Screen Shot 2014-09-10 at 1.56.48 PMApril 1926 — Hugo Gernsback, publisher of Electrical Experimenter science magazine, launched the first magazine devoted to science fiction — or what Gernsback liked to call “scientifiction.” Amazing Stories was published for almost 80 years, passing through the hands of a wide range of publishers (including, in the late 1990s, Wizards of the Coast). It debuted writers including Isaac Asimov and Ursula K. Le Guin, but the magazine suffered from uneven leadership, uneven quality, and controversial editorial policies. It ceased publication in 2005.

January 21, 2013 — Steve Davidson of Experimenter Publishing (note the company name) has re-launched Amazing Stories as a web community, with the goal of establishing a market that will enable him to revive the professional fiction magazine. Davidson, curator of the Classic Science Fiction Channel website and author of several books on paintball, spent three years obtaining the rights to the Amazing Stories name. He published two online issues of the magazine last year, as a proof of concept.

“Every genre fan now has a chance to help support the creation of a new market for the stories, artwork, and articles they all love so much,” Davidson said in a news release this morning.

At the core of the new site’s content are posts by a team of bloggers covering a wide range of science fiction-related topics. The site will offer product reviews, convention news and listings, and will take advertising.

I have more than just a science fiction reader’s interest in the revival of Amazing Stories. I’m going to be one of the bloggers for the site, writing primarily (but not exclusively) about my explorations of science fiction-related communities including gaming, girl geekdom, the Maker community, Steampunk, Browncoats, Discworld, and SF/mystery crossovers. Please come join us at Amazing Stories.

iPad, Mac questions? They’ve got the answers

Take Control has just announced their summer sale — 50% off on most ebook titles — so now is the time to buy and download.

If you’ve got a new iPad — or just about any Apple device — the Take Control ebooks are a quick way to master the basics and gets tips you’ll actually use.

One of the new Take Control ebooks about the iPad.

Take Control has just announced their summer sale — 50% off on most titles — so now is the time to buy and download. (You’ll even find an ebook covering iPad Basics that’s absolutely free.)

Full disclosure: Take Control is one of my favorite clients. I’ve edited two of the books in their current catalog: Take Control of iWeb by Steve Sande and Take Control of Thanksgiving Dinner by Joe Kissell.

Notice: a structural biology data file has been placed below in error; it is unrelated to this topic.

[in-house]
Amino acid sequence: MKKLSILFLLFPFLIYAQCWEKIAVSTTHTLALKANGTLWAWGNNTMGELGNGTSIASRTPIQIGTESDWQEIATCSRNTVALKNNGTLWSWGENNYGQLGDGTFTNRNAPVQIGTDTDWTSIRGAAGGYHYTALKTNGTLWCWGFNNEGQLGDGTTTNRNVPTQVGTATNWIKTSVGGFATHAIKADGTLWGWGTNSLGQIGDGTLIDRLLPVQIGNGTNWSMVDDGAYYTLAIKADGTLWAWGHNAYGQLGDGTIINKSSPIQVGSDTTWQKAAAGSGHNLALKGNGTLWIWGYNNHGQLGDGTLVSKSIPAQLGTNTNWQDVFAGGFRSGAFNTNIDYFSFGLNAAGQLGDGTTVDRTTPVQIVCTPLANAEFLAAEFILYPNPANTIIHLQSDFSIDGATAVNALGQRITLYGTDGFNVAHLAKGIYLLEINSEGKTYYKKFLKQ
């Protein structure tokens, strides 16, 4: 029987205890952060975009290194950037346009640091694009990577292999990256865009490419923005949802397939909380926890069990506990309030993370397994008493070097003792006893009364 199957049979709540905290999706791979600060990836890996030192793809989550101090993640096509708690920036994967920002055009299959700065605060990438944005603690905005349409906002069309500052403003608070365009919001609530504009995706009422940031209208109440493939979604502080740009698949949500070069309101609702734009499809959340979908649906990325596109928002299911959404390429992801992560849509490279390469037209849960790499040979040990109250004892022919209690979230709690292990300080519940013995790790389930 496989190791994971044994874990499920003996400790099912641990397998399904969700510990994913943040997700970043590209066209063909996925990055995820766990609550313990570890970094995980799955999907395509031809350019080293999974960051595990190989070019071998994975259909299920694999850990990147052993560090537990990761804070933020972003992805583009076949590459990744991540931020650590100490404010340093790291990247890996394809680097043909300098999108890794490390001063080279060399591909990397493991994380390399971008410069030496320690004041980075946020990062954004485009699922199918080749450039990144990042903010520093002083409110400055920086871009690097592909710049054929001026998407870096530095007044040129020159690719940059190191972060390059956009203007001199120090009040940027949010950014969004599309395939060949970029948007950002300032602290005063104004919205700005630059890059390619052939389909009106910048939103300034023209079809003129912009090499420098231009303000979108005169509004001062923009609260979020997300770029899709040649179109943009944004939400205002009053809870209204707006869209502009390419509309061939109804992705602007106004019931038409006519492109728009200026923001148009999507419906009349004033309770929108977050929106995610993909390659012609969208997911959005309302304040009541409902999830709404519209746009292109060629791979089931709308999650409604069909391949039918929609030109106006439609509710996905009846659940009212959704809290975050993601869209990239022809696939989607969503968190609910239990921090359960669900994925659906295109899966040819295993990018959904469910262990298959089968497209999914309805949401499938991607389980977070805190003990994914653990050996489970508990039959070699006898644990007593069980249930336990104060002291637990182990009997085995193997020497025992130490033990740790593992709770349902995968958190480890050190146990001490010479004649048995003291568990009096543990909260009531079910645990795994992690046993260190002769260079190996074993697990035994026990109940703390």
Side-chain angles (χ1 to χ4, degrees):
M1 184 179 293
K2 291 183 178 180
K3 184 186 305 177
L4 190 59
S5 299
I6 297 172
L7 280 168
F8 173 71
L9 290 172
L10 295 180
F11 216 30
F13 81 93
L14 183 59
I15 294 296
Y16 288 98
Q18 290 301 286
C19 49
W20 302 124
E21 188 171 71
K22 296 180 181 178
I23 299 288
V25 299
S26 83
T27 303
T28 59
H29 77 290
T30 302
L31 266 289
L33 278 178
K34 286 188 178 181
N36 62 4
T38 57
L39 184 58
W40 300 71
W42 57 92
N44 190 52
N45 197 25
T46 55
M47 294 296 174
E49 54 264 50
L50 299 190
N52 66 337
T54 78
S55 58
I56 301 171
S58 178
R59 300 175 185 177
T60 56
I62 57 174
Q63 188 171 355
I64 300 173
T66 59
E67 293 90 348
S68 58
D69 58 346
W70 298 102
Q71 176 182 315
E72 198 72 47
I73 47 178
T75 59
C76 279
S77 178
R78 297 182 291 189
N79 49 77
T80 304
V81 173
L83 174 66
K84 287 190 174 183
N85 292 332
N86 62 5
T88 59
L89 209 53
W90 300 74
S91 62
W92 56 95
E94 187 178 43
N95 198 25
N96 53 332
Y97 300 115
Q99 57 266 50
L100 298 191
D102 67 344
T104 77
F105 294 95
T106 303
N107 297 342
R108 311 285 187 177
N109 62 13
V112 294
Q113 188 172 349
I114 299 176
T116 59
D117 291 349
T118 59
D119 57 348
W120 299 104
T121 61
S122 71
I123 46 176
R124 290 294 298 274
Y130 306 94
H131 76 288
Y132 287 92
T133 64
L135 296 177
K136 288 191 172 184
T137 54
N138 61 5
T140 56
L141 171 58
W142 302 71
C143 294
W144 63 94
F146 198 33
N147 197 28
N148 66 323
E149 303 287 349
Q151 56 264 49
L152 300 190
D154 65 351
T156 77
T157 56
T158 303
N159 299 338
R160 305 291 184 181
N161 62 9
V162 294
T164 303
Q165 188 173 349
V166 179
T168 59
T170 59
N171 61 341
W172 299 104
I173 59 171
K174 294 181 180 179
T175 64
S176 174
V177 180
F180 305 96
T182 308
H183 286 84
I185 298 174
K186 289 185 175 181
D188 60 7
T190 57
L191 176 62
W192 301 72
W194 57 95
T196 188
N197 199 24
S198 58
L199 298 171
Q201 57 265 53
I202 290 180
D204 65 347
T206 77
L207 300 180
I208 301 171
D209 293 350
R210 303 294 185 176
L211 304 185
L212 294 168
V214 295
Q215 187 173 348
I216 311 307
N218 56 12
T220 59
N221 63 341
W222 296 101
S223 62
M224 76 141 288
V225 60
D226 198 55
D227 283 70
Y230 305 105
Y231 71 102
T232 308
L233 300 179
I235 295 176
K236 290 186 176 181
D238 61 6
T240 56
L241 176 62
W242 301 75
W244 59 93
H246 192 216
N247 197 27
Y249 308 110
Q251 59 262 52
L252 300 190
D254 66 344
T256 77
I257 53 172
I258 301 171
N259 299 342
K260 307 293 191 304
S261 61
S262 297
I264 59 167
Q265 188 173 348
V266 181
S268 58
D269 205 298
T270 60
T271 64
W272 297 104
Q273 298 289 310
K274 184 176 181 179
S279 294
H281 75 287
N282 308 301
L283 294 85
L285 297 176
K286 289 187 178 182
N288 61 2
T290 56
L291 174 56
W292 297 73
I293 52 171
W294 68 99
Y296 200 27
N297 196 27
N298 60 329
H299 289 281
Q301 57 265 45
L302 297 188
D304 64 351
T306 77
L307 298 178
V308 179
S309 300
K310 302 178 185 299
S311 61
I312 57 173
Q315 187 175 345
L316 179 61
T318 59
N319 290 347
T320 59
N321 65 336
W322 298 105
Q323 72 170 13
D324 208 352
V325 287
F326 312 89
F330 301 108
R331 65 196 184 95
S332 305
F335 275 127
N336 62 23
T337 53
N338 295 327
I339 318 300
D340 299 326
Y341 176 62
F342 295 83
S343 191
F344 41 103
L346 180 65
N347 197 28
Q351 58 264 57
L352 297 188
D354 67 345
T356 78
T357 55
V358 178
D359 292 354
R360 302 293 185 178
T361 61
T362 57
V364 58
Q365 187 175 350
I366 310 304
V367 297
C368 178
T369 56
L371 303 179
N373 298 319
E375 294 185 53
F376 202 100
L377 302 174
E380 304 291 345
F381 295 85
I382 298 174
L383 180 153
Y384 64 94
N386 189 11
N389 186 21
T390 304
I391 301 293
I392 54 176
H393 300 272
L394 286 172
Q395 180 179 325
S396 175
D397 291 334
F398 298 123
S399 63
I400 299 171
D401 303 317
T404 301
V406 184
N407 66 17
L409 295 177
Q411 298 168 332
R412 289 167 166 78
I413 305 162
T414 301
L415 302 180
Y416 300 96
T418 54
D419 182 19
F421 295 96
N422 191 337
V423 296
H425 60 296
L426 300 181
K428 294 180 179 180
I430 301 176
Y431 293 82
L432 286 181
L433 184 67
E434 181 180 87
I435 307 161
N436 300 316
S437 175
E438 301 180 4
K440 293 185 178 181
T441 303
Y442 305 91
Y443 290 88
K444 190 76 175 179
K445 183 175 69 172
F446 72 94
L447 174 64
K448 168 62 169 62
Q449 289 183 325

iWeb is Apple’s web software, a application that allows complete beginners to use Apple-designed templates to turn their words, photos, audio, movies, etc., in professional looking websites. Thanksgiving Dinner is, well, I suspect you have an idea. This free sample of the ebook includes Joe’s method for making great mashed potatoes and his tips for putting together a Thanksgiving dinner at the last minute.

You can’t tell a person without the book cover

How, indeed, can you tell if the ebook someone is reading on their Kindle or iPhone is Chaucer…or chick lit?

James Wolcott’s amusing article “What’s a Culture Snob to Do?” in Vanity Fair bemoans the impending loss of the book cover as a way to assess fellow travelers. How, indeed, can you tell if the ebook someone is reading on a Kindle or iPhone is Chaucer…or chick lit?

Wolcott goes on to predict the demise of the bookcase, and even the end of the coffee table book. But, speaking as someone with more than 30 bookcases overwhelming the house, I’d happily lose those and have more wall space available for art.

(Thanks you to The Culinary Curator for pointing out the Vanity Fair piece.)

Book review bugaboos

Some years back, I did quite a bit of book reviewing for January Magazine; I miss that, and am looking forward to doing a small book reviewing project for Publishers Weekly this spring.

This piece by Bob Harris in The New York Times was a painful reminder about some of the hackneyed adjectives book reviewers too often find themselves using. I’ve been able to avoid “poignant” and “eschew.” But I have to admit, when it comes to “intriguing” — guilty!

On reading and health

At my annual checkup today, my doctor asked me if I watched TV. I said my TV isn’t even hooked up to broadcast sources — I only use it to watch DVDs when friends come over to visit.

He laughed, admitted that he doesn’t watch broadcast TV, either, and commented that he sees a direct correlation between lots of of TV watching and poor health among his patients, particularly the elderly. He said the problem isn’t just sitting and watching TV instead of exercising; it’s letting the mind slip into passivity instead of engaging with games, discussions, puzzles, writing, and reading.

I love reading, but recently have been spending what used to be my reading time writing instead. And instead of reading new books, I’ve been working my way through science fiction classics (such as Cordwainer Smith’s Norstrilia) to get a better understanding of that genre.

Thus, I have yet to read any of the books on Publishers Weekly’s Best Books of the Year list. But, seeing the list made me realize how much I want to get to some of these, particularly Michael Connelly‘s latest, The Brass Verdict, Donald Ray’s Knockemstiff, and Greg Bear’s City at the End of Time.

(cross-posted on Food, Fitness, Fashion)

The open-book test

You can’t judge a book by its cover, but the middle page is a whole other story.

I have four books to review for a publication. For the heck of it, I opened one book to the middle and read a page.

Ugh.

I opened the second book to the middle and read a page.

Ugh again.

I opened the third book to the middle and read a page and thought “Not bad.”

And then I opened the fourth book, read a middle page, read another page, and thought “Nice. Really nice.”

Tonight I’m sitting in the living room reading that fourth book, and it’s pure joy. I can’t believe people pay me (a modest amount) to do this.

Of course, I do still have to go back and read and review the other three. I guess that’s why they have to pay me.